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Kinesiology Grad Turns Passion for Soccer Into Research Career

Class of 2024 Grad Ryutaro Ichihara Named Outstanding Graduate Student
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Ryutaro Ichihara first fell in love with sports on the soccer field. 

“Soccer really became the core of my life,” he said. “Growing up in Japan, my dream was to become a professional soccer player.” 

When he was 19 years old, Ichihara moved to the United States, where his love of the game led him to Cal State Fullerton. His plan was to pursue a career in professional sports, but what he didn’t account for was finding something that he loved even more than soccer — research. 

“Professor of Kinesiology John Gleaves helped me to find my path and showed me the possibilities in sports and philosophy,” said the Class of 2024 kinesiology grad. 

Throughout his undergraduate and graduate career at CSUF, Ichihara conducted research on the authenticity of sports in Western culture, and the connections between cerebral palsy and physical activity. He presented his findings at multiple academic conferences and found his purpose in teaching others about sports philosophy. 

For his academic and research excellence, Ichihara was named the Alumni Association’s 2024 Outstanding Graduate Student, an honor that comes with a $1,000 award.

“I was born and raised in Japan, but I was reborn and reraised in the U.S. at Cal State Fullerton,” he said. 

‘Physical Activity Environments Should Be Fit For Everyone’

When Ichihara began working on his thesis in the master’s program, he was inspired by his brother. 

“My brother has cerebral palsy, which is a neurological disorder that disrupts the connection between the brain and limbs,” he explained. “I learned a lot about how he engages in different activities, but not everyone has that experience. I wanted to help people understand how people with cerebral palsy experience physical fitness.” 

For many people, physical activity is a normalized idea, said Ichihara. It’s assumed that everyone can partake in physical fitness to some extent, but these spaces often don’t account for people who have different capabilities.

In his thesis titled, “Towards True Inclusion: Developing a Phenomenology of Physical Activity With Cerebral Palsy,” Ichihara explains that it’s common for people with cerebral palsy to experience an “otherness” in physical activity settings because their participation looks different from able-bodied individuals, which can result in feelings of isolation and frustration and cause a retreat from fitness altogether. 

“I wanted to understand my brother’s experiences, and how they are different from mine,” said Ichihara, who presented this research at the 50th International Association for the Philosophy of Sport Annual Conference. “It’s important to challenge ableist attitudes and expectations because physical activity environments should be fit for everyone.”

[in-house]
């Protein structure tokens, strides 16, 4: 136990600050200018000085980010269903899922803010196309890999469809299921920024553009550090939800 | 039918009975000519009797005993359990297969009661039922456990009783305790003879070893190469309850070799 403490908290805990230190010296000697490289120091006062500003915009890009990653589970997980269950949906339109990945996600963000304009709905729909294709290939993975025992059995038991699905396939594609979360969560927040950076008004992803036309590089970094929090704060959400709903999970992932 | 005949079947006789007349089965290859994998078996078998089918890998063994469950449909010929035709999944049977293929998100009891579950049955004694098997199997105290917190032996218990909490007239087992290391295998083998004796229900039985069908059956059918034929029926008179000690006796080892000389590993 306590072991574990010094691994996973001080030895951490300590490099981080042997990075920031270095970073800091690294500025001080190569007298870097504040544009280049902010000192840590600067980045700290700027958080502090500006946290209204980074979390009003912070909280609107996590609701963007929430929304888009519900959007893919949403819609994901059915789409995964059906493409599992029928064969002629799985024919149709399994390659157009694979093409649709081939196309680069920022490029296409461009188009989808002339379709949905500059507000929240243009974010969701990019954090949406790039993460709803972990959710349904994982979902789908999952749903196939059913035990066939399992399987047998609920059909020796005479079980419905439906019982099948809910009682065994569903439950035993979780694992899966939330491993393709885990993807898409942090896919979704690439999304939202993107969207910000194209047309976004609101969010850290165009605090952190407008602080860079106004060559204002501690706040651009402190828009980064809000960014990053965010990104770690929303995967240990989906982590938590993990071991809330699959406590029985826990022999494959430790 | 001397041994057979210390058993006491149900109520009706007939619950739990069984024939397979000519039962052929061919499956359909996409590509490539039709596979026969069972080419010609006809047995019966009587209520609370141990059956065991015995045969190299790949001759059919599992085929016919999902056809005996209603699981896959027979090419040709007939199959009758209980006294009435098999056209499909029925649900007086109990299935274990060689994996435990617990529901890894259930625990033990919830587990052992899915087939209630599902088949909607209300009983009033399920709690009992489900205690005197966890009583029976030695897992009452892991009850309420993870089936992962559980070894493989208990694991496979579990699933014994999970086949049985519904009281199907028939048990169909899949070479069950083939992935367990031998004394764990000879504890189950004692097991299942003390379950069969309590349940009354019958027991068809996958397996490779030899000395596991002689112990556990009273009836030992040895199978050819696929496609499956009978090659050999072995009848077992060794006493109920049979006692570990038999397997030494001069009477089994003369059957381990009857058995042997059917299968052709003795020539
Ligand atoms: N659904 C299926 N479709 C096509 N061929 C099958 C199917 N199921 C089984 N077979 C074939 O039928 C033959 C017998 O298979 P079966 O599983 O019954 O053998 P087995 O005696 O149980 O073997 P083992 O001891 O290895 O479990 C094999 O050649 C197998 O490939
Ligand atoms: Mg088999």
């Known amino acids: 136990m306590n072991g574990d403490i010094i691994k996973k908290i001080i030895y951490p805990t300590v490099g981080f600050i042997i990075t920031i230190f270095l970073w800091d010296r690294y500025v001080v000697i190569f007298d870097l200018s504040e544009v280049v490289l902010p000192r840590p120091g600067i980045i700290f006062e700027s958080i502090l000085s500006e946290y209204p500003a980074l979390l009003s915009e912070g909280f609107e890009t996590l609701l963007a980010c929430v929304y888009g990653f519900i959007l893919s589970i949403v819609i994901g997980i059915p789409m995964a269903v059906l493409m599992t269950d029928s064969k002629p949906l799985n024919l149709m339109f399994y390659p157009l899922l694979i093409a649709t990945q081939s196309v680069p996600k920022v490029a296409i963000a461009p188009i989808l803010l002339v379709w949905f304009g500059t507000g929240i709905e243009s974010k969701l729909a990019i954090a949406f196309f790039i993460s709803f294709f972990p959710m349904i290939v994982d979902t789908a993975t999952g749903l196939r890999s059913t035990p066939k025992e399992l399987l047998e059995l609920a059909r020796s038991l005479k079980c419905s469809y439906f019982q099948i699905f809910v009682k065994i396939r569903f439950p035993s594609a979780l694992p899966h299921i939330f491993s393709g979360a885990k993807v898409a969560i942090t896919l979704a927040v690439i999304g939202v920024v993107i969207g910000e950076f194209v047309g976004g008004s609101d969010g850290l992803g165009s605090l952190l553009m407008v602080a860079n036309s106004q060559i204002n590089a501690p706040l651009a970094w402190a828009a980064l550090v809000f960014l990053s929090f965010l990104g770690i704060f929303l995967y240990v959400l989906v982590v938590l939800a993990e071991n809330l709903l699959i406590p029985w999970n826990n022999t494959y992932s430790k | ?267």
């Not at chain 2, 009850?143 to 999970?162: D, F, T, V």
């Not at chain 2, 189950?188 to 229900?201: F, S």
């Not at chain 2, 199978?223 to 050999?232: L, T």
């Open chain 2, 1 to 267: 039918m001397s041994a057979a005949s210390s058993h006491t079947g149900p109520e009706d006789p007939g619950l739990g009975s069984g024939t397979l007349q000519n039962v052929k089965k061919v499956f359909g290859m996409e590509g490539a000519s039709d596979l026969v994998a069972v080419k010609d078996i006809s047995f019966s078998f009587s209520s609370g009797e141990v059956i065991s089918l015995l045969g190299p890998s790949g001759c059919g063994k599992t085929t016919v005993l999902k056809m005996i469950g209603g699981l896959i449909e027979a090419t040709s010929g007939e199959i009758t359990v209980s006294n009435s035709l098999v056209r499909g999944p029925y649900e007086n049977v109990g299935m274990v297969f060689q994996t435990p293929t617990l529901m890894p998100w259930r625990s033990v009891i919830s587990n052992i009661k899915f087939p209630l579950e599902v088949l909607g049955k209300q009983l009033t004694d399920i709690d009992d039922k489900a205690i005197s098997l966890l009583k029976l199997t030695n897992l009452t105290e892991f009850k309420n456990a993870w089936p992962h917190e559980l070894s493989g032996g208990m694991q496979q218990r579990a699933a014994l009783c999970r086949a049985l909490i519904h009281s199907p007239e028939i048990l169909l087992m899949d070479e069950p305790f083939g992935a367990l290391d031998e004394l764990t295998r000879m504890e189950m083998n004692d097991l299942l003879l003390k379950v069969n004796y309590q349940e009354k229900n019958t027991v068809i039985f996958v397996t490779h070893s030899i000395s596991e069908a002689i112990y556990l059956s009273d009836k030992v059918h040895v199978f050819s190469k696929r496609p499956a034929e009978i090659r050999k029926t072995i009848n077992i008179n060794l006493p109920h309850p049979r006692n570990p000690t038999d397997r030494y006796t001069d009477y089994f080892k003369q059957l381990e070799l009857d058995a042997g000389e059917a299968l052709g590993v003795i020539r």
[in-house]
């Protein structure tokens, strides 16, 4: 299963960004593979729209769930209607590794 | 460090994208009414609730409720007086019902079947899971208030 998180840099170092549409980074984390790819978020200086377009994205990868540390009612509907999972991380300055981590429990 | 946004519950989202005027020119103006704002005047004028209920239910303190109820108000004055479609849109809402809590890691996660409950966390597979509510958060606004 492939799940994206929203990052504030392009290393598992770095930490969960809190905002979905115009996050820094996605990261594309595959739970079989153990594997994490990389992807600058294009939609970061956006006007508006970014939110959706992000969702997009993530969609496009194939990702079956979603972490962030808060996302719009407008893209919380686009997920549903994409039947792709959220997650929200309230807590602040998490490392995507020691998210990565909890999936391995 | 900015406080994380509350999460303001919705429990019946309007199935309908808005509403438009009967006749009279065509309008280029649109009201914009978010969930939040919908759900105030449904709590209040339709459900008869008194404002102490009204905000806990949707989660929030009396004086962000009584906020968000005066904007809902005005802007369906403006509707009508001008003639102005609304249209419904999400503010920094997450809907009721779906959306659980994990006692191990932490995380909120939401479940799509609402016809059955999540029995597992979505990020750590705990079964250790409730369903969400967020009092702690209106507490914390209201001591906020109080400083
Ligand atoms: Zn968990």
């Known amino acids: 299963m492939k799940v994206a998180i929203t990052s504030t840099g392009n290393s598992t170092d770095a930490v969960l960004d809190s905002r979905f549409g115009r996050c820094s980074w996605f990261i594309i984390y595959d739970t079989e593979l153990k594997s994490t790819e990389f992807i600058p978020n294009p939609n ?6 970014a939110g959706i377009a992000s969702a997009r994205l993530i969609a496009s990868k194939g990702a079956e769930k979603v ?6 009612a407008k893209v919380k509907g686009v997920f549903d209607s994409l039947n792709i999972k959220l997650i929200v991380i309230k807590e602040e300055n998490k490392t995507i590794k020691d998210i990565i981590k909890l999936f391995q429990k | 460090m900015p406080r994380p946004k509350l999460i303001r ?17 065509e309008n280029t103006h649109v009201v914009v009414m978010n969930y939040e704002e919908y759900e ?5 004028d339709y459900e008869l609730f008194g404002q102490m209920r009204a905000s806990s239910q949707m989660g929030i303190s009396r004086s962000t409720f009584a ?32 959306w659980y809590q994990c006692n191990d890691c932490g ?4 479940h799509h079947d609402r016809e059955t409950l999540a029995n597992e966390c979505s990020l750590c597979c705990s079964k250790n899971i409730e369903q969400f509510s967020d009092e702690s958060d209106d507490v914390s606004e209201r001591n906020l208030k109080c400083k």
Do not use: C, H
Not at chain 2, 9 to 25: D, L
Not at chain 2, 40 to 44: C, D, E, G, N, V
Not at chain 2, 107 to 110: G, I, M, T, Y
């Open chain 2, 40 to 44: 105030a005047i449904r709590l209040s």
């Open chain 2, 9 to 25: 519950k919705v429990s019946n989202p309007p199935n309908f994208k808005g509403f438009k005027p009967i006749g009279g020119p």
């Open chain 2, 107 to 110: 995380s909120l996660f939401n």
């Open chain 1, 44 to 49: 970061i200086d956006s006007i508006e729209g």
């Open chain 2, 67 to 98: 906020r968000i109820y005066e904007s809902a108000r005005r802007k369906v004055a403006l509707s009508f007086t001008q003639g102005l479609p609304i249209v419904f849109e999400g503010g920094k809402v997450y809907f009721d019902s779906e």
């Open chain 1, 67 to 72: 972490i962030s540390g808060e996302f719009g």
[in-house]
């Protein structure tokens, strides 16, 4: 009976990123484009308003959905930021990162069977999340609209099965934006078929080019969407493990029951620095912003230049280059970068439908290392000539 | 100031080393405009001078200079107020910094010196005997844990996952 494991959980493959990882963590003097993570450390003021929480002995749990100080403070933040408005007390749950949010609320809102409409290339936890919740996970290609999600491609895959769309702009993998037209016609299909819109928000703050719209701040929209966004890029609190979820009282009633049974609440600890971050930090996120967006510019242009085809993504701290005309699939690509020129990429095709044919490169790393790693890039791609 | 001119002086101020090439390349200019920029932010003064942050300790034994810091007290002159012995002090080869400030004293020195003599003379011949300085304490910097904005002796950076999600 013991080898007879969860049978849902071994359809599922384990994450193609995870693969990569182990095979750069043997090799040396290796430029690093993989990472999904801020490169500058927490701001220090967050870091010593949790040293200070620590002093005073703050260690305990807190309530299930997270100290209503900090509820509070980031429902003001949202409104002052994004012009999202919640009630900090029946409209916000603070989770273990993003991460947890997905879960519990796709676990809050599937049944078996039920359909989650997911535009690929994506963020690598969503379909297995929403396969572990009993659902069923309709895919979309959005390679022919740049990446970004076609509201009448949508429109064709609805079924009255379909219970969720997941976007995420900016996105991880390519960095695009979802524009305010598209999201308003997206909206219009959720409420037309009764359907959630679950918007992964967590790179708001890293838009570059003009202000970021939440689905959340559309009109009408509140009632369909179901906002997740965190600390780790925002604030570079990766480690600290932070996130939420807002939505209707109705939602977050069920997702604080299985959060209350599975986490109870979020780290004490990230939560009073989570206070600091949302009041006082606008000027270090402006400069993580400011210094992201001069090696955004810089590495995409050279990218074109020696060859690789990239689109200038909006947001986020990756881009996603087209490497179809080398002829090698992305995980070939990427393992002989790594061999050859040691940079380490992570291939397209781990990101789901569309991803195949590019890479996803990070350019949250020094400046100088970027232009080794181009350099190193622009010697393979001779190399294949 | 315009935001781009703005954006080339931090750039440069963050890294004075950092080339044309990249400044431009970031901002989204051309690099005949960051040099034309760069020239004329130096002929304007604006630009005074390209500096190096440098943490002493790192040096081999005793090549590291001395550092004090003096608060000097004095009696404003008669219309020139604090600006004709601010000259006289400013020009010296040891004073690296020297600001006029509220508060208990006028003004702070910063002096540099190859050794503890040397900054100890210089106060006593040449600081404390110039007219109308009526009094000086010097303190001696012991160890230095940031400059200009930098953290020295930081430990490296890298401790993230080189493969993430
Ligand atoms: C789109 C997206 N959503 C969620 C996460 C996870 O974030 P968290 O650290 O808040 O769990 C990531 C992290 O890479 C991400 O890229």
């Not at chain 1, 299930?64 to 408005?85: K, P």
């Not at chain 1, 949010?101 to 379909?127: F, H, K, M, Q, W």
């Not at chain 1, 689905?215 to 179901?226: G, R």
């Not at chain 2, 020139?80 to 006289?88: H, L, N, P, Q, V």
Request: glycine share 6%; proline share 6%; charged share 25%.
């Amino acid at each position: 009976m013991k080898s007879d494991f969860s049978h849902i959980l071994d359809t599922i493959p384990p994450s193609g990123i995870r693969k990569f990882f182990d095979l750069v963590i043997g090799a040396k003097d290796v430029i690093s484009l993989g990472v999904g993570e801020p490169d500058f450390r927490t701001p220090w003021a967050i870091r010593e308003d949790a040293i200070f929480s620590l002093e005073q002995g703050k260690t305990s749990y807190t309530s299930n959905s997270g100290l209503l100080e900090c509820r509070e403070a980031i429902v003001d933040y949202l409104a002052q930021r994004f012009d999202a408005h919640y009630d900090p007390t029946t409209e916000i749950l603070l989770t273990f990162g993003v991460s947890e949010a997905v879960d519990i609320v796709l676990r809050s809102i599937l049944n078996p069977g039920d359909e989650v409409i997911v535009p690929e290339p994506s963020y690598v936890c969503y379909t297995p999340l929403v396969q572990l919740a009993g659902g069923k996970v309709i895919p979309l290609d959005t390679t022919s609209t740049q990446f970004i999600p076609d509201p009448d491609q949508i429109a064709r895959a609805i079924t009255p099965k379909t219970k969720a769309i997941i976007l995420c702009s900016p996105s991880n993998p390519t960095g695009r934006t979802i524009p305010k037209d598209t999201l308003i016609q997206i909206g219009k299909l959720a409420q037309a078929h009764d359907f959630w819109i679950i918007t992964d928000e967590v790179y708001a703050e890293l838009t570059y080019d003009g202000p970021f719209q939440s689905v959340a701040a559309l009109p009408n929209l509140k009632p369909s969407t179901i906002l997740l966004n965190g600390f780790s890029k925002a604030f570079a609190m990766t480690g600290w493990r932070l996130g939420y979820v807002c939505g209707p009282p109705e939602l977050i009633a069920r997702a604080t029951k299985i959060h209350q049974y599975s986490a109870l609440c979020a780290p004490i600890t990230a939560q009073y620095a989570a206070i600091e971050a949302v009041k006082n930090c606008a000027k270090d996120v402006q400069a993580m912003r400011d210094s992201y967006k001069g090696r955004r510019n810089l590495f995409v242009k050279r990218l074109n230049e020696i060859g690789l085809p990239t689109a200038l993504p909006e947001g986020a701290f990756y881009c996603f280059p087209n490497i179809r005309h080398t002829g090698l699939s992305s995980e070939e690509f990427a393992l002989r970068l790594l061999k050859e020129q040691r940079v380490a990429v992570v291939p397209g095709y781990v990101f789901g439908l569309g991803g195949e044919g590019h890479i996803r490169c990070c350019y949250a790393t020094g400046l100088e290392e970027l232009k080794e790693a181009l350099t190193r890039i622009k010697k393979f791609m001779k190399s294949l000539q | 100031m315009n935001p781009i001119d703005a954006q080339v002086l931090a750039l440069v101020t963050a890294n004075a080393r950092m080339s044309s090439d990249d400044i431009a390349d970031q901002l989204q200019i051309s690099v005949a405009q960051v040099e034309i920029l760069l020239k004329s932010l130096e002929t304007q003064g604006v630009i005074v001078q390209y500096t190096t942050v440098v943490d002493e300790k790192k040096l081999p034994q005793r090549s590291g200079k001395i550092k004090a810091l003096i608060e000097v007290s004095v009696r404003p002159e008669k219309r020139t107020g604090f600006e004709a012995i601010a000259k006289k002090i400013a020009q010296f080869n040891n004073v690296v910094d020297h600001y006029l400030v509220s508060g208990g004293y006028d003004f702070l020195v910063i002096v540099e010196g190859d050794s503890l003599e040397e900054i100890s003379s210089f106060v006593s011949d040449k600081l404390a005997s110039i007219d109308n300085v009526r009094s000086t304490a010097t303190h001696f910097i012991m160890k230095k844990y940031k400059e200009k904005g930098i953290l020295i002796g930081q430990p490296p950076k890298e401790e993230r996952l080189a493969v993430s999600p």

To collect his data, Ichihara gathered literature and quotes from individuals with cerebral palsy to understand their unique experiences, emphasizing the importance of increased accommodations and support to make physical activity more accessible and inclusive for people of all capabilities. 

For his research achievements in this area, Ichihara was recognized with the university’s 2024 Giles T. Brown Thesis Excellence Award and received a $500 scholarship. He also won first place at CSUF’s Titan Grand Slam competition and went on to compete at the California State University Grand Slam statewide competition. 

Ryutaro Ichihara practices yoga
Ryutaro Ichihara, Class of 2024 kinesiology grad

“Ryutaro exemplifies the epitome of an exceptional graduate student at Cal State Fullerton, seamlessly intertwining his studies in kinesiology with philosophy to craft a groundbreaking master’s thesis,” said Gleaves. “It truly is a privilege to be part of his journey and to watch him thrive here at CSUF.”

Taking on Teaching

During his undergraduate career, Ichihara’s first research project was centered on understanding burnout among young athletes. In Western culture, athletes often feel excessive pressure to “make it” in the sporting industry, he explained.  

Whereas, athletes who embrace Budo, a Japanese samurai cultural belief, place more emphasis on one’s mentality, mind and self-mastery. This makes them more likely to experience sports with authenticity and happiness. Ichihara had the opportunity to present this research at the 2022 International Association for the Philosophy of Sport Conference. 

On campus, Ichihara has continued to let sports and physical activity guide his service, working as an exercise class leader for the Employee Wellness Program and a group fitness instructor and personal trainer in the Student Recreation Center. 

Helping students, faculty and staff reach their fitness goals, Ichihara said he’s found happiness in teaching and seeing others reach their potential. After graduation, he plans to pursue a career as a university professor in sports philosophy, where he can further his research and support students the way his professors supported him. 

“Kinesiology professors Matt Llewellyn and John Gleaves made me realize that I want to be a college professor,” said Ichihara, who also co-founded Aikotoba, a language company that helps Japanese people learn English. “They helped me understand the challenges and joys of teaching, and they really gave me a light at the end of this long tunnel after finishing my soccer career. I want to be that person for my students.”

Taylor Arrey